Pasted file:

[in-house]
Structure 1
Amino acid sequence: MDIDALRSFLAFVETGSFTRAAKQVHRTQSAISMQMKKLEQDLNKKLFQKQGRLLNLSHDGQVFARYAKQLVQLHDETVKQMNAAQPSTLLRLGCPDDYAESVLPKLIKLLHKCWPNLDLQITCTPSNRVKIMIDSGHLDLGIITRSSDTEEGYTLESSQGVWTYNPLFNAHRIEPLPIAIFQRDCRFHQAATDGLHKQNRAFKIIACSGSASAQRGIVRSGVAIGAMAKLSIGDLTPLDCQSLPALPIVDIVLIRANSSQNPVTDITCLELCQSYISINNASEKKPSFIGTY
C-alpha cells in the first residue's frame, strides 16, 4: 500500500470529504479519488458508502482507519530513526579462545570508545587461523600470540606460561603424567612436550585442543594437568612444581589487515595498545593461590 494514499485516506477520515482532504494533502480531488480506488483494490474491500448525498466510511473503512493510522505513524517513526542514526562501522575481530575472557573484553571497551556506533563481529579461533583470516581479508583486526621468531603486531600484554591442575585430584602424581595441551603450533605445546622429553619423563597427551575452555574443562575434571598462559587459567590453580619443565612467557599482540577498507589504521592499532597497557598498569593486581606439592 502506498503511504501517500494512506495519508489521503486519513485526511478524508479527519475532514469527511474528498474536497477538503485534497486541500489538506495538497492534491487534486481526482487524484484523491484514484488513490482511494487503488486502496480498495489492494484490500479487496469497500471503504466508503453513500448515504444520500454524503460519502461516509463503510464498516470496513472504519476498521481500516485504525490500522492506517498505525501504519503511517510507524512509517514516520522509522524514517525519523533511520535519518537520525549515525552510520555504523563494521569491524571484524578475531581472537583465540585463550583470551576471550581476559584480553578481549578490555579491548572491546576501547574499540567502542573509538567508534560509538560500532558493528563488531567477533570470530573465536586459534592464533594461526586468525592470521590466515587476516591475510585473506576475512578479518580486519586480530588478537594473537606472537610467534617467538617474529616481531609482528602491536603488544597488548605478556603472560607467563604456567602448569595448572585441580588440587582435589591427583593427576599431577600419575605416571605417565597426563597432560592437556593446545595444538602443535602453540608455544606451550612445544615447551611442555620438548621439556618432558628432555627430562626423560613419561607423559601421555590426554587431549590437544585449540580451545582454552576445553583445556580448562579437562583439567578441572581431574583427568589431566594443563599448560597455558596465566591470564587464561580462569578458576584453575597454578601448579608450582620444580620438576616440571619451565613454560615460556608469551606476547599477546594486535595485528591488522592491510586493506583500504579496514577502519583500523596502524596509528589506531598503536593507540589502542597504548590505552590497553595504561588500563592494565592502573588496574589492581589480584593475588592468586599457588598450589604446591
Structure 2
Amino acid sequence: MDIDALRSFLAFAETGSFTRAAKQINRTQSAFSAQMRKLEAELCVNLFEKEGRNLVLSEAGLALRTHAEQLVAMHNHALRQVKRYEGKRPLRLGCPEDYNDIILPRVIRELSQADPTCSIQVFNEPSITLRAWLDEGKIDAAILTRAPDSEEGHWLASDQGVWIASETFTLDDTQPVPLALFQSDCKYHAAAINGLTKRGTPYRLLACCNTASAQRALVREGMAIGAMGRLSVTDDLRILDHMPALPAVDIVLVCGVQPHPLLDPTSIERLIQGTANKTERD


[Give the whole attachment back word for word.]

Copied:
[in-house]
Structure 1
Amino acid sequence: MDIDALRSFLAFVETGSFTRAAKQVHRTQSAISMQMKKLEQDLNKKLFQKQGRLLNLSHDGQVFARYAKQLVQLHDETVKQMNAAQPSTLLRLGCPDDYAESVLPKLIKLLHKCWPNLDLQITCTPSNRVKIMIDSGHLDLGIITRSSDTEEGYTLESSQGVWTYNPLFNAHRIEPLPIAIFQRDCRFHQAATDGLHKQNRAFKIIACSGSASAQRGIVRSGVAIGAMAKLSIGDLTPLDCQSLPALPIVDIVLIRANSSQNPVTDITCLELCQSYISINNASEKKPSFIGTY
C-alpha cells in the first residue's frame, strides 16, 4: 500500500470529504479519488458508502482507519530513526579462545570508545587461523600470540606460561603424567612436550585442543594437568612444581589487515595498545593461590 494514499485516506477520515482532504494533502480531488480506488483494490474491500448525498466510511473503512493510522505513524517513526542514526562501522575481530575472557573484553571497551556506533563481529579461533583470516581479508583486526621468531603486531600484554591442575585430584602424581595441551603450533605445546622429553619423563597427551575452555574443562575434571598462559587459567590453580619443565612467557599482540577498507589504521592499532597497557598498569593486581606439592 502506498503511504501517500494512506495519508489521503486519513485526511478524508479527519475532514469527511474528498474536497477538503485534497486541500489538506495538497492534491487534486481526482487524484484523491484514484488513490482511494487503488486502496480498495489492494484490500479487496469497500471503504466508503453513500448515504444520500454524503460519502461516509463503510464498516470496513472504519476498521481500516485504525490500522492506517498505525501504519503511517510507524512509517514516520522509522524514517525519523533511520535519518537520525549515525552510520555504523563494521569491524571484524578475531581472537583465540585463550583470551576471550581476559584480553578481549578490555579491548572491546576501547574499540567502542573509538567508534560509538560500532558493528563488531567477533570470530573465536586459534592464533594461526586468525592470521590466515587476516591475510585473506576475512578479518580486519586480530588478537594473537606472537610467534617467538617474529616481531609482528602491536603488544597488548605478556603472560607467563604456567602448569595448572585441580588440587582435589591427583593427576599431577600419575605416571605417565597426563597432560592437556593446545595444538602443535602453540608455544606451550612445544615447551611442555620438548621439556618432558628432555627430562626423560613419561607423559601421555590426554587431549590437544585449540580451545582454552576445553583445556580448562579437562583439567578441572581431574583427568589431566594443563599448560597455558596465566591470564587464561580462569578458576584453575597454578601448579608450582620444580620438576616440571619451565613454560615460556608469551606476547599477546594486535595485528591488522592491510586493506583500504579496514577502519583500523596502524596509528589506531598503536593507540589502542597504548590505552590497553595504561588500563592494565592502573588496574589492581589480584593475588592468586599457588598450589604446591
Structure 2
Amino acid sequence: MDIDALRSFLAFAETGSFTRAAKQINRTQSAFSAQMRKLEAELCVNLFEKEGRNLVLSEAGLALRTHAEQLVAMHNHALRQVKRYEGKRPLRLGCPEDYNDIILPRVIRELSQADPTCSIQVFNEPSITLRAWLDEGKIDAAILTRAPDSEEGHWLASDQGVWIASETFTLDDTQPVPLALFQSDCKYHAAAINGLTKRGTPYRLLACCNTASAQRALVREGMAIGAMGRLSVTDDLRILDHMPALPAVDIVLVCGVQPHPLLDPTSIERLIQGTANKTERD